Pope Francis got to know many of these new cardinals during the last Synod of Bishops. He appreciated their human touch and their pastoral sensitivity. The impression they gave when they took the floor at the synod, the way they defended and supported mercy and closeness to people – these were more crucial to their selection than what they were currently doing in their homeland.

Still, no theological preference seems to drive the Pope’s choices. Instead one finds a human touch, a peculiar instinct that guides him in understanding who the prelates are with whom he feels more at ease.

Renunciation of worldliness may also imply for Pope Francis a renunciation of intellectual debate. Pope Francis wants shepherds who live with the smell of the sheep, and he has been clear about that since the beginning of his pontificate. Other qualities do not seem to matter so much to him; they seem to be mere add-ons that he applies to his discussion of bishops when it suits him to do so.

These new cardinals (Pope Francis has chosen 40 so far) will have an impact in this coming week’s consistory on curial reform. Now that the Council of Cardinals has met eight times, the Pope is seeking a turning point, and to bring this about he is filling the College of Cardinals with people who he believes share his vision.

Although the reform issue might be solved through the so-called “St Peter’s option”, the struggle looming in the forthcoming synod seems more complicated. Again, the Pope’s intention is to free the Church from an over-dependence upon doctrine in order to find a pastoral approach that will bring the Church closer to people. But how can doctrine and pastoral practice be reconciled?

This continues to be a hotly debated topic. The discussion evidences a strange convergence between the Roman Curia and some local churches, many of which, as it happens, are on the peripheries. Not by chance, Cardinal Lorenzo Baldisseri, General Secretary of the Synod of Bishops, underscored in an interview with the Italian weekly magazine La Settimana that the strong points of the last Synod of Bishops were the doctrinal framework, the Gospel of the Family, and the push for young people to receive an education about love.

But these issues were included in the synod’s final report only after the small groups (circuli minores) strongly criticised – and pushed for a substantial rewriting of – the synod’s midterm report. Cardinal Baldisseri’s words signalled that the synod war had already begun, and that – despite the slogan “We don’t turn back”, which accompanied the presentation of the next synod’s guidelines – the majority of bishops do not endorse a pastoral practice that is completely detached from doctrine.

And Francis would probably not support such an approach either. The Pope is always very orthodox in his declarations. This fact has been demonstrated several times. Francis backed the Slovakian bishops in their commitment to promote a referendum to defend the traditional family in their country.

He invited Filipinos to be wary of the ideological colonisation of the family. He expressed a strongly negative judgement on gender theory, which he also defined as “demonic” during a meeting with Austrian bishop in an ad limina visit. Taken together these interventions indicate that Pope Francis is anything but progressive.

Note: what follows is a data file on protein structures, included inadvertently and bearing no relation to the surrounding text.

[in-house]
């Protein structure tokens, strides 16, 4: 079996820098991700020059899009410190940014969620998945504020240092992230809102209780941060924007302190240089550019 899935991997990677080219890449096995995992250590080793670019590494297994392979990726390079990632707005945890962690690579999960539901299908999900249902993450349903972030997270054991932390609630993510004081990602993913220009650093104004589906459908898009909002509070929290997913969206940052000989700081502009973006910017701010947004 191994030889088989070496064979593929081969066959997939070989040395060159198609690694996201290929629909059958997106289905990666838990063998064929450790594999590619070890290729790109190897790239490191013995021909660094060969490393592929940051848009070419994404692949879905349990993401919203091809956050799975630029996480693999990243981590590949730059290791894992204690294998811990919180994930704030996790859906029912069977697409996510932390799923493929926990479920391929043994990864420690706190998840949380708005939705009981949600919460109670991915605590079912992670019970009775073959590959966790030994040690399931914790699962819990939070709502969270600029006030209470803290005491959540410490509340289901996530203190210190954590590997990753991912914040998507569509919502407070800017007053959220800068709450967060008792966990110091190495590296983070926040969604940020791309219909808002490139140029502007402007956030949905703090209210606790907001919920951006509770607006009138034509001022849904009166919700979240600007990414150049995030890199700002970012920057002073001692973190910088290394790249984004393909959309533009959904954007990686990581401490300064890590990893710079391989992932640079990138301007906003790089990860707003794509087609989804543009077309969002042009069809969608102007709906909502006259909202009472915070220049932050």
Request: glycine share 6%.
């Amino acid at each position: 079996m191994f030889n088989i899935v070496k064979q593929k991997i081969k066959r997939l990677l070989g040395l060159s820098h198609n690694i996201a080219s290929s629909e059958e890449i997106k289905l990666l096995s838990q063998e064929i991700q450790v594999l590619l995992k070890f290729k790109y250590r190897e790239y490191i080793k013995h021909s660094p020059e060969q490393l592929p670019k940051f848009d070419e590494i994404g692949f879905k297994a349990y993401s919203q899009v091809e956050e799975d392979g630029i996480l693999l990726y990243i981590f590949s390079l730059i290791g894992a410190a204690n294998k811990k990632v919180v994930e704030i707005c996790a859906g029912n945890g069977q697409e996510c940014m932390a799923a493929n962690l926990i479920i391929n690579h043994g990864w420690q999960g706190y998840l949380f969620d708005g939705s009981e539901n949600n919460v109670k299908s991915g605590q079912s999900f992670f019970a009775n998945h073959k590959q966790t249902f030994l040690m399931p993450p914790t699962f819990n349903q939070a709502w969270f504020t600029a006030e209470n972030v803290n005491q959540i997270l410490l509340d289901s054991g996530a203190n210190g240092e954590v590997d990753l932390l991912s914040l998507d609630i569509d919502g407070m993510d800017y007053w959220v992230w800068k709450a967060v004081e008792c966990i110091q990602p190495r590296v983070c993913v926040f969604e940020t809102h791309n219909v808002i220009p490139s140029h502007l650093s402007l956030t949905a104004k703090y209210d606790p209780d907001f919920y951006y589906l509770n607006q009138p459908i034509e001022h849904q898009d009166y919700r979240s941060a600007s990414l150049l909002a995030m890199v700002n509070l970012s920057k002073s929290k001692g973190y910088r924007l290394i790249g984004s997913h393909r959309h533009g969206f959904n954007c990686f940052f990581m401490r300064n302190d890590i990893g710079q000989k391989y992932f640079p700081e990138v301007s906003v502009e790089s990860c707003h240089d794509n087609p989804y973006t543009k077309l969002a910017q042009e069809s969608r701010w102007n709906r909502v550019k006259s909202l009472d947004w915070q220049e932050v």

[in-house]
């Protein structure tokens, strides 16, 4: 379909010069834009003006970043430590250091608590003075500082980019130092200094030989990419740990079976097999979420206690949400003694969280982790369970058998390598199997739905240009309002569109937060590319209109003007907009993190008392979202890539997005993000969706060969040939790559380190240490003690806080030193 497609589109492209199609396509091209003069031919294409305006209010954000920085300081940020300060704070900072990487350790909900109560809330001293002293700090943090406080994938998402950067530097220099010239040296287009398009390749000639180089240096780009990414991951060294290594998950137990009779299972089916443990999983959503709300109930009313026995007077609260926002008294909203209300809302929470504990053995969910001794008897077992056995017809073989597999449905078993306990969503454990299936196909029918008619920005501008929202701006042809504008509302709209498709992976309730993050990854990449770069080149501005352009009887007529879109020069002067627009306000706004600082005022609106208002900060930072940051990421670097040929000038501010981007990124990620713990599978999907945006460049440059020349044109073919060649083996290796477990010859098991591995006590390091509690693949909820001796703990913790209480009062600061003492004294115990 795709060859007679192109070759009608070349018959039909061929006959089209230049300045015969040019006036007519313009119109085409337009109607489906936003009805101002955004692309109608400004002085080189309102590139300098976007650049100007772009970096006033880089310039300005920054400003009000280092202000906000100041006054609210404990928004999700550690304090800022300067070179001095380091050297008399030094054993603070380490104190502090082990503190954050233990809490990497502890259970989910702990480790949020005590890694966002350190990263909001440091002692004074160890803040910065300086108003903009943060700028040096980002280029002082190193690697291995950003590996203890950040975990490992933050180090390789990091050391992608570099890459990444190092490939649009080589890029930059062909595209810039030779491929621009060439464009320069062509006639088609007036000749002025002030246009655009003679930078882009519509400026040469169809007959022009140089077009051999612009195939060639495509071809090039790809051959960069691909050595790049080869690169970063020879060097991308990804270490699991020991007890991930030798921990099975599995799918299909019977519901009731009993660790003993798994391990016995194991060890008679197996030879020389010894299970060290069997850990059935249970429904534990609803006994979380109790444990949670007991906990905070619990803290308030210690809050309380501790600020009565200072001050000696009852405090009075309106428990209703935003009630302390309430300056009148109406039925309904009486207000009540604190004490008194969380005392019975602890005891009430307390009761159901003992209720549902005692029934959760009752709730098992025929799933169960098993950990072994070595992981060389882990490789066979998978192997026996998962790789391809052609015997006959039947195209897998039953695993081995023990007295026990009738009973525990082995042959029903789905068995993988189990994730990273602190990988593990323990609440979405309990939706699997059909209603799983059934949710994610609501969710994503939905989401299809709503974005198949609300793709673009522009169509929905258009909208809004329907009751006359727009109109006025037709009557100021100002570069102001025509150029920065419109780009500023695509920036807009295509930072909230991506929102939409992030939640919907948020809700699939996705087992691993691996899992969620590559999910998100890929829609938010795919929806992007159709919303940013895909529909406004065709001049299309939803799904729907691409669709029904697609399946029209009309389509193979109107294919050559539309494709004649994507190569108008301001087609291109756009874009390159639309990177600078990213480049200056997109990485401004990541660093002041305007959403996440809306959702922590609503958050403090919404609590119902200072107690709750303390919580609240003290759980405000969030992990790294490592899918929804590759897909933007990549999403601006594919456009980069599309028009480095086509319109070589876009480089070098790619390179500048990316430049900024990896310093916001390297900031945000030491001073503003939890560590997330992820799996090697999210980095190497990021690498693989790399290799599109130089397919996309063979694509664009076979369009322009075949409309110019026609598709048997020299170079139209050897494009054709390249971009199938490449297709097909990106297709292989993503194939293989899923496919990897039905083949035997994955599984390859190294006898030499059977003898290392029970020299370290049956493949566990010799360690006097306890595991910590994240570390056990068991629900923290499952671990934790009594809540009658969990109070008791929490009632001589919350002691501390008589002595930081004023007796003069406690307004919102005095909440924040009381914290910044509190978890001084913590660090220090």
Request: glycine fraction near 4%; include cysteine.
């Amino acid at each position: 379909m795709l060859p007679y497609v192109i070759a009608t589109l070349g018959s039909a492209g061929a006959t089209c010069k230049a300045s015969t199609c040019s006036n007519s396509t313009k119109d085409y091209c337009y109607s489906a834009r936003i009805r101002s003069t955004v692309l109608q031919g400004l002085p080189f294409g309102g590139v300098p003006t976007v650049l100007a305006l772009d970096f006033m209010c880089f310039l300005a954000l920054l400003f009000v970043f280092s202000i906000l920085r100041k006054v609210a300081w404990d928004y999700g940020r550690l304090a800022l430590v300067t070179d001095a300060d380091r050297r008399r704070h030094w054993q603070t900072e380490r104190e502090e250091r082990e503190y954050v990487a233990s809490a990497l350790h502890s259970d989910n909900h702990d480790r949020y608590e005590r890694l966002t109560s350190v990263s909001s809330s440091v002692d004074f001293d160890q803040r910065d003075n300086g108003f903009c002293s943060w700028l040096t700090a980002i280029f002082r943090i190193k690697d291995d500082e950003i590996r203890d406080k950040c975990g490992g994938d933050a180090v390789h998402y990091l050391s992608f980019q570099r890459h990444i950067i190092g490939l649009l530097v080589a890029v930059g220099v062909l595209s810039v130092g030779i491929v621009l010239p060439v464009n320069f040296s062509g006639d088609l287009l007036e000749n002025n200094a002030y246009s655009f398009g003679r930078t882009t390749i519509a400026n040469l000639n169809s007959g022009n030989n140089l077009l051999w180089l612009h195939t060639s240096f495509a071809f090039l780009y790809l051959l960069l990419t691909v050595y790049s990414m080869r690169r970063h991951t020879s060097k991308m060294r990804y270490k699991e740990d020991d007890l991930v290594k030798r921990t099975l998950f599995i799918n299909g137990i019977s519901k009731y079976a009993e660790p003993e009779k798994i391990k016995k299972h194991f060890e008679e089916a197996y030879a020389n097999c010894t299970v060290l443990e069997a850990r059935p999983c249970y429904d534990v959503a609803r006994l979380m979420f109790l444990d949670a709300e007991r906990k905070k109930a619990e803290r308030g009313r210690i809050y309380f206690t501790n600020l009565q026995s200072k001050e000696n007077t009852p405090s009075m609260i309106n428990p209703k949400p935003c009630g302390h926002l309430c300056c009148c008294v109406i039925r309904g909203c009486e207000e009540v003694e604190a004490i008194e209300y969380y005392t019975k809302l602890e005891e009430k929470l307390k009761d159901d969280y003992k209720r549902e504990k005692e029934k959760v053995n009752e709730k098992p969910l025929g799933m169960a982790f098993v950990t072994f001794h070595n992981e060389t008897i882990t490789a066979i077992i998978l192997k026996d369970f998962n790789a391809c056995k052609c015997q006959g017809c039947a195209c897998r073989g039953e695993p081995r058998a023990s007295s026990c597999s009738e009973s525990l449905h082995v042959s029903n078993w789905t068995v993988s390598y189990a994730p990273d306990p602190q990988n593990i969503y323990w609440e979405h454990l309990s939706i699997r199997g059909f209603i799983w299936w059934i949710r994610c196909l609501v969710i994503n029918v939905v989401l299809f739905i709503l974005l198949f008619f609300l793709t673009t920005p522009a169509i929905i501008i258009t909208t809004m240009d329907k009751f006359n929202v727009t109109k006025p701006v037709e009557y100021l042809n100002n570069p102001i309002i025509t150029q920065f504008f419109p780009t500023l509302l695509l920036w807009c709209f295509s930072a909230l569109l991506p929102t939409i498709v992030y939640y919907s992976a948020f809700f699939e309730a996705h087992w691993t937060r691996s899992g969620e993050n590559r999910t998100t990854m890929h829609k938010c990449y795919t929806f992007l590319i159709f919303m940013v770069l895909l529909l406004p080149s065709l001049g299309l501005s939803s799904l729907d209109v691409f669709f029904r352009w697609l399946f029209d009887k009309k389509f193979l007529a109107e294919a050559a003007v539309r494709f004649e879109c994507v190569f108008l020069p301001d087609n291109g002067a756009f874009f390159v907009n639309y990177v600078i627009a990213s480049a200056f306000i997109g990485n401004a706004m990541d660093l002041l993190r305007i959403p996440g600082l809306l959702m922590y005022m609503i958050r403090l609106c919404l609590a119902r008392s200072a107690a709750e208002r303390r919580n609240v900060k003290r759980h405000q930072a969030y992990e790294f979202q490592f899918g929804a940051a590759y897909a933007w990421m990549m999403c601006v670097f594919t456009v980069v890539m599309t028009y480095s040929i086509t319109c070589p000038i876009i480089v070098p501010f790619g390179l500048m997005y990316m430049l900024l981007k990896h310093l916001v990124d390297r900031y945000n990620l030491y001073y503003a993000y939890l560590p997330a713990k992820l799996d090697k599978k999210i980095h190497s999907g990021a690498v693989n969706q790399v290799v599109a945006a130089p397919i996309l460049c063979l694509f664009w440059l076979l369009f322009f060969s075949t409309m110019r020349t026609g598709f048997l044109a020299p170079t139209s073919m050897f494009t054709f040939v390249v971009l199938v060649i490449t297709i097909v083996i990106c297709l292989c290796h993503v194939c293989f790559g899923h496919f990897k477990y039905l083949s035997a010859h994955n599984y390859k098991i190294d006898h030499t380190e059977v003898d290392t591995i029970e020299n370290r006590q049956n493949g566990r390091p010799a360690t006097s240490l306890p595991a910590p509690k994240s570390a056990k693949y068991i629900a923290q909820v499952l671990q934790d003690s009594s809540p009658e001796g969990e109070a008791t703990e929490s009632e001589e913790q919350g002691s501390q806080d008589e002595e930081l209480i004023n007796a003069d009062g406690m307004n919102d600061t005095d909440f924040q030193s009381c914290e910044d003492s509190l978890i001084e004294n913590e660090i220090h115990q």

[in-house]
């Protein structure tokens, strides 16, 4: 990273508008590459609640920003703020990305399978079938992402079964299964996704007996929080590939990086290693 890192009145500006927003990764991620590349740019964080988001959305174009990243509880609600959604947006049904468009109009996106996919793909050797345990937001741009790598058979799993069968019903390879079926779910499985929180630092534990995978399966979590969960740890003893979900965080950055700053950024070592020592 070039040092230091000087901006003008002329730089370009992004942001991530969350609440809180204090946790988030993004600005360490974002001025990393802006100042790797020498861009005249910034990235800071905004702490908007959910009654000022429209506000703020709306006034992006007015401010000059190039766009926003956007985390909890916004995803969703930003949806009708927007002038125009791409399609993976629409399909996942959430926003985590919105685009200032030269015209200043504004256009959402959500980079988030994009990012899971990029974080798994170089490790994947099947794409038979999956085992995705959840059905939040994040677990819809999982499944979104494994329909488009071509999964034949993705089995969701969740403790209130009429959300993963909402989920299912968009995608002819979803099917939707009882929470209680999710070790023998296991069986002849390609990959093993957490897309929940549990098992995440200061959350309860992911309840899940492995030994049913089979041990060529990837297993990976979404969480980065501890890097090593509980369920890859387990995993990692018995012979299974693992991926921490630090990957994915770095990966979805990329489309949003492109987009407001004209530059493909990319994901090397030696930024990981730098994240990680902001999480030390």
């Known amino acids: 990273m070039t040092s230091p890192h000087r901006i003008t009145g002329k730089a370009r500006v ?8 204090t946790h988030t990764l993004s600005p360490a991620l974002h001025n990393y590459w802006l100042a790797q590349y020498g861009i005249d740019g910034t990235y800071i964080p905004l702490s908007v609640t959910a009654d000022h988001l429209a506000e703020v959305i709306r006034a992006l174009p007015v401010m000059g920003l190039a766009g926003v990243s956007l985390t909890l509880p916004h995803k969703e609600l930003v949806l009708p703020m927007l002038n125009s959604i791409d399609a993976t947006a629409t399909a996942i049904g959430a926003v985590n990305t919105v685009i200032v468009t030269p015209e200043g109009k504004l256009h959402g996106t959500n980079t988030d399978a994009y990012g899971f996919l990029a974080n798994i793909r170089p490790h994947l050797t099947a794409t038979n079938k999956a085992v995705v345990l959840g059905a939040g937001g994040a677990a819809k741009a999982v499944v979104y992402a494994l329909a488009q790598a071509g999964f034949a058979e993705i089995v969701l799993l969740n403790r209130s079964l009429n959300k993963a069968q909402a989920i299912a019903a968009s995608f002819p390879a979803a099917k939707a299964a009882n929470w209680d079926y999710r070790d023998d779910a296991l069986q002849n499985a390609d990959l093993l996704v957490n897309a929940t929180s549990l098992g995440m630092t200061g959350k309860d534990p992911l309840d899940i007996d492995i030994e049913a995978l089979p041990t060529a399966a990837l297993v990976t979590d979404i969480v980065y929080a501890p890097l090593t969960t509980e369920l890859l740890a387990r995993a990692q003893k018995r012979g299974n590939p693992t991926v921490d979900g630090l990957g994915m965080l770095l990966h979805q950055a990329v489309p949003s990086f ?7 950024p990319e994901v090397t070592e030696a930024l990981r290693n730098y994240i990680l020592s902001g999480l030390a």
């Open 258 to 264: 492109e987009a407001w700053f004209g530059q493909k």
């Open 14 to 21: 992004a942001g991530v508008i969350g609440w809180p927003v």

So, who is the real Pope Francis? The one who supports liberal bishops and priests, or the one who speaks in an orthodox way? The answer may be more obvious than expected.

Simply put, pastoral practice is more important for Pope Francis than any given theological debate, because the latter, in the end, may be no more than a worldly exercise. Perhaps his famous declaration about preferring a “poor Church for the poor” may be interpreted to mean that he prefers a Church light in structure, and with limited emphasis on philosophical debate, but rich in pastoral love.

But such an approach is not new. Benedict XVI spoke in almost the same terms about the need to escape worldliness and to move beyond the self-referentiality of ecclesial structures. And he underscored the value of mercy, as is evidenced in the homily he delivered at the Mass for the inauguration of his petrine ministry. Time and again Pope Benedict preached about a Church that should not be constructed on ideas, but should be engaged in lively evangelisation.

Nevertheless, a shift is taking place. Pope Benedict was convinced that a solid theological background was needed so that the Church’s pastoral practice would be correct. In fact, the search for truth was pivotal in his pontificate. Pope Francis, on the other hand, sets aside any given theological problem in order to seek immediate, personal contact with people.

Bishop Eduardo Horacio Garcia, who was Cardinal Bergoglio’s auxiliary bishop in Buenos Aires, recounted shortly after Pope Francis’s election that “at the end of the Jubilee Year, for which Cardinal Bergoglio had called a missionary year, we priests of the archdiocese asked Cardinal Bergoglio to call a synod in order to discuss how to harvest the fruits of our mission and draft guidelines. But he responded that a synod was good only for producing useless documents, while the only thing we need to do is to continue our missionary efforts and to remain in a state of permanent mission.”

These words perhaps explain better than anything else the inner sense of this pontificate. Pope Francis is putting everyone in a state of permanent synod in order to understand each bishop’s perspectives. But the direction of his reforms will proceed from a pastoral approach, and nothing else. Perhaps this is the real change of paradigm.

Andrea Gagliarducci is the Rome correspondent of the Catholic News Agency. 

Faith Magazine

March - April 2015